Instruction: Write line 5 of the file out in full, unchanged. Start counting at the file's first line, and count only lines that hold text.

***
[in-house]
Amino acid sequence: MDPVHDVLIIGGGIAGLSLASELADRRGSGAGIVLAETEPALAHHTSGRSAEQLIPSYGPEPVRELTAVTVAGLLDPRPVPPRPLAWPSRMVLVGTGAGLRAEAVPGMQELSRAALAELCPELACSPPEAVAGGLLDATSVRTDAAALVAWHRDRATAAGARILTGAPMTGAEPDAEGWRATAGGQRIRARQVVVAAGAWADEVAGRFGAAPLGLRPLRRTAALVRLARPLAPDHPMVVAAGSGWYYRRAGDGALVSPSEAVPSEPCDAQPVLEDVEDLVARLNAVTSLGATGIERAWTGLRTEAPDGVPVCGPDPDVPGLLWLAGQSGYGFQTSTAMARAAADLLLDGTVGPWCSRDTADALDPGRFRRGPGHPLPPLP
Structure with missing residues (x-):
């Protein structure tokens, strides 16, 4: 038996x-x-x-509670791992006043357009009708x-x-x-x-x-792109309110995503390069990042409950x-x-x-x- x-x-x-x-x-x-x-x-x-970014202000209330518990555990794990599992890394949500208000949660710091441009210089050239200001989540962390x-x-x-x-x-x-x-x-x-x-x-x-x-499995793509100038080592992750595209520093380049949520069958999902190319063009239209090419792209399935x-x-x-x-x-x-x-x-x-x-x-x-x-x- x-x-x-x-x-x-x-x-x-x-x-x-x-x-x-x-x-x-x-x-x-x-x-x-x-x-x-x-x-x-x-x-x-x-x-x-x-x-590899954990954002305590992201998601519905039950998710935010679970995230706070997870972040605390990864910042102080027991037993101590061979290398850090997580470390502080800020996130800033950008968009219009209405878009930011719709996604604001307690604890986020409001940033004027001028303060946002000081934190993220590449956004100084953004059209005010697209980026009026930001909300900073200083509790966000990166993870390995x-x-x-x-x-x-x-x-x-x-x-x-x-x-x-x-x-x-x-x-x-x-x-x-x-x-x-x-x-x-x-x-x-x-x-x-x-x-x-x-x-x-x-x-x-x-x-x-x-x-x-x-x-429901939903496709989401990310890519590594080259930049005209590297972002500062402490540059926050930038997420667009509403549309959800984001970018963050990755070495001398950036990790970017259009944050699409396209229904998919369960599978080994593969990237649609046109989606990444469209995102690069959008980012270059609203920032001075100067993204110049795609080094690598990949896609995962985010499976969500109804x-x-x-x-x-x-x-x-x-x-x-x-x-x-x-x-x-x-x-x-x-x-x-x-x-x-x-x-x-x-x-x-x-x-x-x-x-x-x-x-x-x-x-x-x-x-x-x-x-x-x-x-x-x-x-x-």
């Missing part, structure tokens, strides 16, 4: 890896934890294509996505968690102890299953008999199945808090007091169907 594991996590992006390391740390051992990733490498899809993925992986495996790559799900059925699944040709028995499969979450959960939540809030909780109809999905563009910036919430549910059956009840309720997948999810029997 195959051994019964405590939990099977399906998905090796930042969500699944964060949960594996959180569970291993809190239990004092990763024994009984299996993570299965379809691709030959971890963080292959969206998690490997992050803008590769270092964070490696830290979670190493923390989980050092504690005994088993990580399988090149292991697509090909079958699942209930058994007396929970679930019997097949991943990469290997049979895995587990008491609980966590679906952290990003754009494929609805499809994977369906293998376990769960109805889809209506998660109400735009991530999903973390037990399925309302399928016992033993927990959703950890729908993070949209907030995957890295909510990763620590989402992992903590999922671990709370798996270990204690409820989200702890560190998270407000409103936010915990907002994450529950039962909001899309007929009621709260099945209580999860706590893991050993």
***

């Missing part, structure tokens, strides 16, 4: 890896934890294509996505968690102890299953008999199945808090007091169907 594991996590992006390391740390051992990733490498899809993925992986495996790559799900059925699944040709028995499969979450959960939540809030909780109809999905563009910036919430549910059956009840309720997948999810029997 195959051994019964405590939990099977399906998905090796930042969500699944964060949960594996959180569970291993809190239990004092990763024994009984299996993570299965379809691709030959971890963080292959969206998690490997992050803008590769270092964070490696830290979670190493923390989980050092504690005994088993990580399988090149292991697509090909079958699942209930058994007396929970679930019997097949991943990469290997049979895995587990008491609980966590679906952290990003754009494929609805499809994977369906293998376990769960109805889809209506998660109400735009991530999903973390037990399925309302399928016992033993927990959703950890729908993070949209907030995957890295909510990763620590989402992992903590999922671990709370798996270990204690409820989200702890560190998270407000409103936010915990907002994450529950039962909001899309007929009621709260099945209580999860706590893991050993």